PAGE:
Holding Them Back
January 20, 2011
You may think my latest obsession is premature (although what fun are obsessions if they aren't premature and/or completely out of your control?) but I cannot stop asking for opinions about Holding Your Kid Back. See, Molly's birthday is one day - one! day! - after the public school cut off date in our district. Which means that if I sent her to preschool next year, TECHNICALLY she'd be in preschool for three years. Which: no.
I know - half of you have fled the blog all "WHAT IS WRONG WITH THAT WOMAN AND HER NEED TO PANIC OVER ABSOLUTELY EVERYTHING?!" But the other half are with me, right? You are obsessing too, maybe even two or three whole years ahead of time. Perhaps you have also been dreamily looking forward to the day when both of your shorties are in preschool - on the same days, at the same time, be still my heart! - and it suddenly occurs to you that it's not QUITE as neat and planned out as it should be. RIGHT?
Now I hear there's some system in place for contesting the cut off date and getting your kid into kindergarten anyway. Probably something involving stamping your foot really loud, combined with a lot of tests. I am perfectly willing to put my kid through the trauma of sitting there quietly while her mother gets all insistent and demandy. But SHOULD I? This is the question I've posed to friends, family and innocent blog readers. It's a really huge decision, one that will affect her whole life! Will she graduate from high school at age 17 or 18? Will she be the first or last to drive? Will she be older than all the BOYS? (I'm really focusing on the important stuff here, obviously.)
Practically everyone says to hold your kid back. Not necessarily MY kid, but in GENERAL. Socially, behaviorally, developmentally - it's all better if you wait a year. Then you have the people who wonder why you'd want to shove your kid out into the world a year earlier than necessary, and the family member who informed me that I'd be giving her a better chance at "being a leader".
Then I look at MY kid and think: really? My kid is a girl (most people are adamant about holding boys back, but less adamant about girls); she's also the second kid which, in our family's case, means doing absolutely everything your one-year-older brother does. Sure she's not AT Jack's level, but let me tell you: MOLLY is not going to be sobbing on the first day of preschool. Where Jack is hesitant, tentative and shy, Molly is racing towards the new playground toy or the new person. She can be clingy and choosy, but she's game for anything. Jack? You have to give a persuasive speech complete with Power Point to talk him into saying hello.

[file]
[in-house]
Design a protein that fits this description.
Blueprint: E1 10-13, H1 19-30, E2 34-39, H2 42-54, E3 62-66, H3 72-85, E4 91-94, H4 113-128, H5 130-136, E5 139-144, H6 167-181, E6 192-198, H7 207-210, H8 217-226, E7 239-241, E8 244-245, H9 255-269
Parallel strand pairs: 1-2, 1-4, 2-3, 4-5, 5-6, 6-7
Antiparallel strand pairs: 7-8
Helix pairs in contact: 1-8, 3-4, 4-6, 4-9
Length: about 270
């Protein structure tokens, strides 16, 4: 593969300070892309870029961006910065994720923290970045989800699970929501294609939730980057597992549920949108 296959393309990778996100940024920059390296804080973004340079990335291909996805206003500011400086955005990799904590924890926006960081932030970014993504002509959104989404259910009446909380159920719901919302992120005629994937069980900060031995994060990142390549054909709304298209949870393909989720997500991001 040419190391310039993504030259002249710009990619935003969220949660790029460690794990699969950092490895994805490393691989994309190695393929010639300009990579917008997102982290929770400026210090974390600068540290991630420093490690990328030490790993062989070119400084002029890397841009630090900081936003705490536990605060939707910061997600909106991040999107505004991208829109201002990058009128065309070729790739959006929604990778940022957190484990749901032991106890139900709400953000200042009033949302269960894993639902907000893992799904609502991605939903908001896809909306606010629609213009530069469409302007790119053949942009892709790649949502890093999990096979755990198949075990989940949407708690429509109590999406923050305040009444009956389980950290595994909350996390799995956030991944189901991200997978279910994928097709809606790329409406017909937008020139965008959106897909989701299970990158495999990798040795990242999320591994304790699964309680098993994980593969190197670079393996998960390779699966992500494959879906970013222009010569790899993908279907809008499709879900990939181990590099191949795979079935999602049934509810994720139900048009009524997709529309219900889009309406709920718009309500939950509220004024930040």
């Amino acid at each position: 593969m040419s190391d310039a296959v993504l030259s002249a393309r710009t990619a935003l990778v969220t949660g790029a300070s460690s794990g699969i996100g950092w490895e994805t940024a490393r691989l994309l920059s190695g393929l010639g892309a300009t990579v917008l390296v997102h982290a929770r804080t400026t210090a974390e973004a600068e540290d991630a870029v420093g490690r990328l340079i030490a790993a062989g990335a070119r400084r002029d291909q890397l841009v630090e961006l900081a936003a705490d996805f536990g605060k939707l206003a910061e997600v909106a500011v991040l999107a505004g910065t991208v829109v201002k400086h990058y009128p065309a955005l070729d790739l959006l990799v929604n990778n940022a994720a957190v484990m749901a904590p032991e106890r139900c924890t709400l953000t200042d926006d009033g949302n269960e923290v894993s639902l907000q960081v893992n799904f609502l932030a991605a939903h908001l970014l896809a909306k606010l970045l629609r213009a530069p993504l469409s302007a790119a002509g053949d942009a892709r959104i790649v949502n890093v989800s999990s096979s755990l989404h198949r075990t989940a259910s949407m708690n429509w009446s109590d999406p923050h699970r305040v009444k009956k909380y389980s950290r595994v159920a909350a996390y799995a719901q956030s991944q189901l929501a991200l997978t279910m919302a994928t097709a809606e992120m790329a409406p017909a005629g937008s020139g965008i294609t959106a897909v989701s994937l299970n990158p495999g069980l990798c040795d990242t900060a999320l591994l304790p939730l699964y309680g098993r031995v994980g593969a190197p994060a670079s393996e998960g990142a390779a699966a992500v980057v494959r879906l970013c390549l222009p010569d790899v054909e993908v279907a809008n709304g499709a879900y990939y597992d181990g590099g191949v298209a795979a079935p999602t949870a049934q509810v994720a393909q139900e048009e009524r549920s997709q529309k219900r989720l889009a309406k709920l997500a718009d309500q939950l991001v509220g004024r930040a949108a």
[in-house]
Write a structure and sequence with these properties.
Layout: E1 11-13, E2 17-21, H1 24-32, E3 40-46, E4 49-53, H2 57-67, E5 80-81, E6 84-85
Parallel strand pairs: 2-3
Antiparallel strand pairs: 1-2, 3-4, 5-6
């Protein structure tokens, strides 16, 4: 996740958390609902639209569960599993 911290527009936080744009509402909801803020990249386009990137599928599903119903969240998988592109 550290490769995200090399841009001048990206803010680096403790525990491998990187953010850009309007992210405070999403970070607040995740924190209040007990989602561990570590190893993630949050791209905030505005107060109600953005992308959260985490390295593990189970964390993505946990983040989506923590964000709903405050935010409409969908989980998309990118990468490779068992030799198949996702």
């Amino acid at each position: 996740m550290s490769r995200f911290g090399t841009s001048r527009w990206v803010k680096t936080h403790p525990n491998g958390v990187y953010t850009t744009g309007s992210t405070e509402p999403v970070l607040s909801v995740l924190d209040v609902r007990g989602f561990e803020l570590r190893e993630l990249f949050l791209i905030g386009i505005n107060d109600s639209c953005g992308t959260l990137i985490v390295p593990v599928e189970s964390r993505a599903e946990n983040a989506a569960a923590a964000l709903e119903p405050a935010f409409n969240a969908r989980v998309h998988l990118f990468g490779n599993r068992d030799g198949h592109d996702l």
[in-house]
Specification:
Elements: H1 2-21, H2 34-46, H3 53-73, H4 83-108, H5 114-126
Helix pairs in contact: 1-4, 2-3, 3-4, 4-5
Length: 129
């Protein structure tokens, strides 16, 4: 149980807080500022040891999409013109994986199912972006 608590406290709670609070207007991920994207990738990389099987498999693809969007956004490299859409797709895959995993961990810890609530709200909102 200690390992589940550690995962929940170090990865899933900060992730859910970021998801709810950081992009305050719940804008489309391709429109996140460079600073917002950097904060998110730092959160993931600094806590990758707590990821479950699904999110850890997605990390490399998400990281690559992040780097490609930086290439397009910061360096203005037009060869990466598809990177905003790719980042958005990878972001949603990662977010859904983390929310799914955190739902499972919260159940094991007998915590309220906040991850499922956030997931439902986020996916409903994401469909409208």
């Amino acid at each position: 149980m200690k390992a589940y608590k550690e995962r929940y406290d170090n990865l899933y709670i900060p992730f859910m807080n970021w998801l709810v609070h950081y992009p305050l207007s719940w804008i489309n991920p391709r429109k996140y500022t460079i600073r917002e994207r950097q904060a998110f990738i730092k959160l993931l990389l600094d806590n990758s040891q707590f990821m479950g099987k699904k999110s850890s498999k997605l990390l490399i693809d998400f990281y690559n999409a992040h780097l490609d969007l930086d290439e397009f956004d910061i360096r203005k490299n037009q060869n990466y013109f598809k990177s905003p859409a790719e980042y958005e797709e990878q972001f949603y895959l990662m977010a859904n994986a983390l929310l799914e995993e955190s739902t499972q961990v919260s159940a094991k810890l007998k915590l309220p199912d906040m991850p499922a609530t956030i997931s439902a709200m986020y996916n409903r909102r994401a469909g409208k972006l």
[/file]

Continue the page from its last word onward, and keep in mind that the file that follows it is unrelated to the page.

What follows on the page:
Besides, my kids are not even sixteen months apart. They have the same friends, play with the same toys, hang out with each other all day long. The only thing Jack does that Molly does not do is preschool*, and we've had plenty of conversations about "When YOU'RE three, YOU can go TOO!" To put two years between them seems... WEIRD.
And then I have my own experience - I'm a July birthday and was one of the youngest in my classes growing up. Obviously I can't say how things might have been different had my parents held me back a year, but I honestly can't think of how this adversely affected me. There are too many factors. Was I super involved in sports and extracurriculars because I was naturally ready to do them, or because my school was small enough to try everything? Did I get good grades because I'm particularly brilliant or because my parents were heavily involved in my schooling and education was important in my family? Did I make friends with older kids despite my age? Or because it just doesn't matter that much? What I CAN say is that by my senior year of high school I was DESPERATE to start my own life at college and totally ready to go, even at seventeen.
But that's me. And my daughter is just two. WHO KNOWS what kind of kid she's going to be? Right now, based on my observations and those of Jack's preschool teacher and my mother and sister (the two best teachers I know), there's no reason to keep her home another year. And that works for me, obvs. I'll be daydreaming about three preschool mornings a week, all to myself.
*Except using the potty, FOR THE LOVE OF ALL THAT'S HOLY, but, uh, yeah, that's another post.